The Indianapolis 500 is still, in my mind, the most prestigious sporting event in the world. And, as of 2012 and possibly beyond, it may be the only thing IndyCar has to hold on to.

With the advancement in the new car, dealing with the tragedy of the reigning champion Dan Wheldon and more troubling news such as Jim Nabors not being able to attend this year’s 500, the Indianapolis Motor Speedway is in for a difficult May.

The Speedway is obviously the biggest venue IndyCar has to offer; however, IMS cannot save this series forever when they are looking to broaden their viewership outside of just the racing fan. Losing Patrick may have been one of the more recent losses the sport could encounter, despite Wheldon’s death, but it came at terrible timing as well.

IndyCar was in prime position for a beautiful transition with the DW12 (new chassis) and returning Indy 500 champion (Wheldon) making reestablishment into the series for Andretti Autosport. Wheldon could have been the new poster boy for the sport, as he was the ambassador during his hiatus outside of the racecar.

Now it needs someone to fill in the black hole it sits in. Can it be Dario Franchitti, four-time IndyCar and two-time Indy 500 champion, or Will Power, a driver who has not won a championship or Indy 500?

Neither.

Both drivers, despite being great drivers, are not marketable material for IndyCar. Listen to an interview, they both lack personality an outside fan will want to see. Franchitti and Power are both names nobody will recognize.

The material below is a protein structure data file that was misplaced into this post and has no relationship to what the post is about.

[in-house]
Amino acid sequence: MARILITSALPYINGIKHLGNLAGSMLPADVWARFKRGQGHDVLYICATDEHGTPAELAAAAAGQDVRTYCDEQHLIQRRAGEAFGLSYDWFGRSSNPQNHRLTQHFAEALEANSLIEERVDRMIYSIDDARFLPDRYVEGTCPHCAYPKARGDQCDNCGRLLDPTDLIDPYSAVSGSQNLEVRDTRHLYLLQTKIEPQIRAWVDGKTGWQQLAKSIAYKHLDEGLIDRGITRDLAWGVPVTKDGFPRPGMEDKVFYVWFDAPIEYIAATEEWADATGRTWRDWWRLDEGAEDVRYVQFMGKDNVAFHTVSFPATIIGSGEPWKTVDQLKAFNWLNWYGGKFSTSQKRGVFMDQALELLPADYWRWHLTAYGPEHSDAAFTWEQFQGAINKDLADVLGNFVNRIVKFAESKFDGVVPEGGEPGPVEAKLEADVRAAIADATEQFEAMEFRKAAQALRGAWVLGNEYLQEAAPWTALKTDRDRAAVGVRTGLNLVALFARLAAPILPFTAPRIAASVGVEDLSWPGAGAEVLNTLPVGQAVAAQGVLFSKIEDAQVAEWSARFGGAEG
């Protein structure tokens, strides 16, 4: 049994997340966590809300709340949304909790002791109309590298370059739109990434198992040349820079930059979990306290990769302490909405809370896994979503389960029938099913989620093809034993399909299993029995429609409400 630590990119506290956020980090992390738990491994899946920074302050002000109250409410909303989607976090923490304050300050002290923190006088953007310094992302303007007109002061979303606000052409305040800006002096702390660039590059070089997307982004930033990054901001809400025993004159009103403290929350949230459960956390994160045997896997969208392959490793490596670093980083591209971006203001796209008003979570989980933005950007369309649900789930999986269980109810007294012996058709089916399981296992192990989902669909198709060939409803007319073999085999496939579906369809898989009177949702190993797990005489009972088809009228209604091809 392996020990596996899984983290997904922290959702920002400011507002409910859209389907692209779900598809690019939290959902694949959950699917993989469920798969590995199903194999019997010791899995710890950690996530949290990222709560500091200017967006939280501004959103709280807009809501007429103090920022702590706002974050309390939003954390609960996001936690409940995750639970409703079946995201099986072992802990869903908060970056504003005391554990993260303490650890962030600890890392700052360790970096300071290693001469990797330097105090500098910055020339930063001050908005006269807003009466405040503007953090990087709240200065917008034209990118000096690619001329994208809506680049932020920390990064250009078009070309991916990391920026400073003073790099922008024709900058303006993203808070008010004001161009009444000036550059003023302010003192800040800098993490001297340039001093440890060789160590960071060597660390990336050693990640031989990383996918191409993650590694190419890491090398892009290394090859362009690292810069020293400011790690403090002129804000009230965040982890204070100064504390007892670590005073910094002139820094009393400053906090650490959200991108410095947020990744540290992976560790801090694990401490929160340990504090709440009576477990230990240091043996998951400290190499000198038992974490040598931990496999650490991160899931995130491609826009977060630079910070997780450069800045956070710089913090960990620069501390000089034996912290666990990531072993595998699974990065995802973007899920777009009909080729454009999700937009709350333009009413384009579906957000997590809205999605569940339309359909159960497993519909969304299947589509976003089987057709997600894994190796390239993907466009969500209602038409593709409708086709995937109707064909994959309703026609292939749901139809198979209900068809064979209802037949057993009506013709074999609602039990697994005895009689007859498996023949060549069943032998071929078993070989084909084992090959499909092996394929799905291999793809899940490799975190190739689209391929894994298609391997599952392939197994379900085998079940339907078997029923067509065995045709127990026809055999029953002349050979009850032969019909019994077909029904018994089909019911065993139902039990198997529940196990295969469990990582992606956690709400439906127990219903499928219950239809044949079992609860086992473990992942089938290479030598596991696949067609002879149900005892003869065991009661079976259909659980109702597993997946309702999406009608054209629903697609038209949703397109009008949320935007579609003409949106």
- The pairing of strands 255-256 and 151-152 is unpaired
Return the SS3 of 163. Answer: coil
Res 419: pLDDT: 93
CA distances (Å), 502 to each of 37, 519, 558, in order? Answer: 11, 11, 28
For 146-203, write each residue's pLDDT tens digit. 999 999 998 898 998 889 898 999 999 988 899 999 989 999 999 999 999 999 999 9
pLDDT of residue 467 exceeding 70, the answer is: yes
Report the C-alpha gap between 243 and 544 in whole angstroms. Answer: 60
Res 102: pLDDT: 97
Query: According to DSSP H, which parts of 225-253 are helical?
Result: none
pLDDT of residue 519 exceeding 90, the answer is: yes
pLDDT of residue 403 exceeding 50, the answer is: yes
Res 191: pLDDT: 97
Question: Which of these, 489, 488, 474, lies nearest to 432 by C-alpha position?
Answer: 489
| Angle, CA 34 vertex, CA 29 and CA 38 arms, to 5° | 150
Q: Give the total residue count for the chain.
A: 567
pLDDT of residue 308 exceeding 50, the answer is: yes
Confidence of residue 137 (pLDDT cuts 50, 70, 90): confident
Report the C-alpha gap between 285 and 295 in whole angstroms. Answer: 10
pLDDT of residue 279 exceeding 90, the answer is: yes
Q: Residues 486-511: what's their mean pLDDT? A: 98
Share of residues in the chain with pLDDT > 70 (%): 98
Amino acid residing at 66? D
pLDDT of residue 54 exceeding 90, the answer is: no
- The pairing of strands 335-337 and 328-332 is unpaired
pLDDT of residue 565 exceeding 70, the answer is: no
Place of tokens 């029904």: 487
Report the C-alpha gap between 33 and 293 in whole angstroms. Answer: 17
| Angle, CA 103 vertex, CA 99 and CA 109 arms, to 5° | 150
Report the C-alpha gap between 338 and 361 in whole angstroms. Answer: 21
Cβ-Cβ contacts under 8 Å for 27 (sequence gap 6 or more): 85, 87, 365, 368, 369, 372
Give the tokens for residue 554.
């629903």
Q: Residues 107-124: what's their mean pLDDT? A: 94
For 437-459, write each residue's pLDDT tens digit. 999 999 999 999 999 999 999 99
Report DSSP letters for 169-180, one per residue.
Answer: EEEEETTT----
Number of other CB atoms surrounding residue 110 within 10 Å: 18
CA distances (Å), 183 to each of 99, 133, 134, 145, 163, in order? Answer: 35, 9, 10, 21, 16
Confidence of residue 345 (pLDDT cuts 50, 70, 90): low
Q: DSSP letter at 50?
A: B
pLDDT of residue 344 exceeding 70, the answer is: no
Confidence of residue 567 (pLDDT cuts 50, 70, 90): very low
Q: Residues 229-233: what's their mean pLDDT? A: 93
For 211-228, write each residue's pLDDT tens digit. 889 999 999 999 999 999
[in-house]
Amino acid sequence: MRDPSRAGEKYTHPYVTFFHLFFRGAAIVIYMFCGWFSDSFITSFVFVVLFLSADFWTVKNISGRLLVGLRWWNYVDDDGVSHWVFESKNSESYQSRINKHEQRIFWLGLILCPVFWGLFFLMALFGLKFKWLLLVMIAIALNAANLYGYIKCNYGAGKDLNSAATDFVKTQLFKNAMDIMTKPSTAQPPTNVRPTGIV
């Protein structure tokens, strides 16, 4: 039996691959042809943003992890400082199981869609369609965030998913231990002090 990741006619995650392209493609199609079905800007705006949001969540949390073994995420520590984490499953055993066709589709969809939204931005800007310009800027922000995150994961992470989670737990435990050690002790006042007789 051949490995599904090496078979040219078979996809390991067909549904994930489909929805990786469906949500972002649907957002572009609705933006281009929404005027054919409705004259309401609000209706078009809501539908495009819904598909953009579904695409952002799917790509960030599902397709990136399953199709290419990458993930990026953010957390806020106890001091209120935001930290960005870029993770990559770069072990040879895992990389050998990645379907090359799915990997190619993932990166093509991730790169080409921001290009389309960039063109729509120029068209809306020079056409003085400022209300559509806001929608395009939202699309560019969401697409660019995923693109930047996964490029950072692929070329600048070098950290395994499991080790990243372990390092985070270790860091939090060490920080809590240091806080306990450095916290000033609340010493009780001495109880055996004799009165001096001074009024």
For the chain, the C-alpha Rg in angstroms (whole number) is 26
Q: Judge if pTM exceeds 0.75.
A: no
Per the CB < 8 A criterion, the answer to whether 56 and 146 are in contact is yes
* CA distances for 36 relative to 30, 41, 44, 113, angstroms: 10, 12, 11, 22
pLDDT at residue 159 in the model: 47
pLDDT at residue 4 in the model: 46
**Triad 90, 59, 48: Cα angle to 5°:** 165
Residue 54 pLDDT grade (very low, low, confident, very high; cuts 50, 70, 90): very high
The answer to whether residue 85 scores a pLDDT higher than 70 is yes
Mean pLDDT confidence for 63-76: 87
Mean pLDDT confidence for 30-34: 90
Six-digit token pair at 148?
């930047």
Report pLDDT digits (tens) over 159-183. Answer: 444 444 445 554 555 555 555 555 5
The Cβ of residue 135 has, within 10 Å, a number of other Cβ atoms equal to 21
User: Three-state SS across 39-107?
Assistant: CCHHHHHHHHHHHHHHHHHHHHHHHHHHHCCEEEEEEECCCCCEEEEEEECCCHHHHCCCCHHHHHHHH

That’s why I bring up two drivers who IndyCar need to distribute most of their market ability on for the upcoming years: Helio Castroneves and Marco Andretti.

Non-fans know these drivers. They are stars outside of the racing community and people will recognize their face in public. Castroneves has had issues with tax evasion, but won Dancing With The Stars on ABC. And Marco? How much more do you need than his last name?

This year’s Indianapolis 500 on May 27 may be one of the more crucial races IndyCar will have in its immediate future. The new chassis will have story lines due to the low speeds, but IndyCar, IMS and fans need to be sure to move on from Wheldon’s passing and look toward the future with a new star.

Castroneves is chasing his fourth Indianapolis 500 to join Rick Mears, A.J. Foyt and Al Unser, which will boost his marketability higher than it already is. Andretti chases his first victory, in hopes to overcome what his father and grandfather couldn’t since 1969.

For IndyCar’s sake, I’m hoping for history or a new face in victory lane.

From the Marbles: Chevrolet the Future of IndyCar?

March 29, 2012 Comments off

Chevrolet has seven Indianapolis 500 victories in twelve seasons as an engine manufacturer in the IZOD IndyCar Series – Sunday they marked their return in dominating fashion.

Chevrolet filled four of the top-five finishers in the Grand Prix at St. Petersburg, where Helio Castroneves won his third at the street course since 2006. Two Team Penske and two Andretti Autosport Dallara DW12 chassis filled the top-five while a Honda engine, Scott Dixon, finished second from Target Chip Ganassi Racing.

The engine manufacturer race will be followed closely all season, expecting to be an exciting return to competitiveness in the IndyCar Series. Despite Lotus, the least expected to survive, having their best finish of the weekend 15th.

No surprise that Team Penske came out on top after week one, but not many expected Castroneves to be the driver out of the three-car stable to win. Castroneves made the winning pass against Dixon in Turn 1 on the outside.

Will Power was caught on pit road early in the race after dominating from the pole, but couldn’t find enough time to make up the positions lost.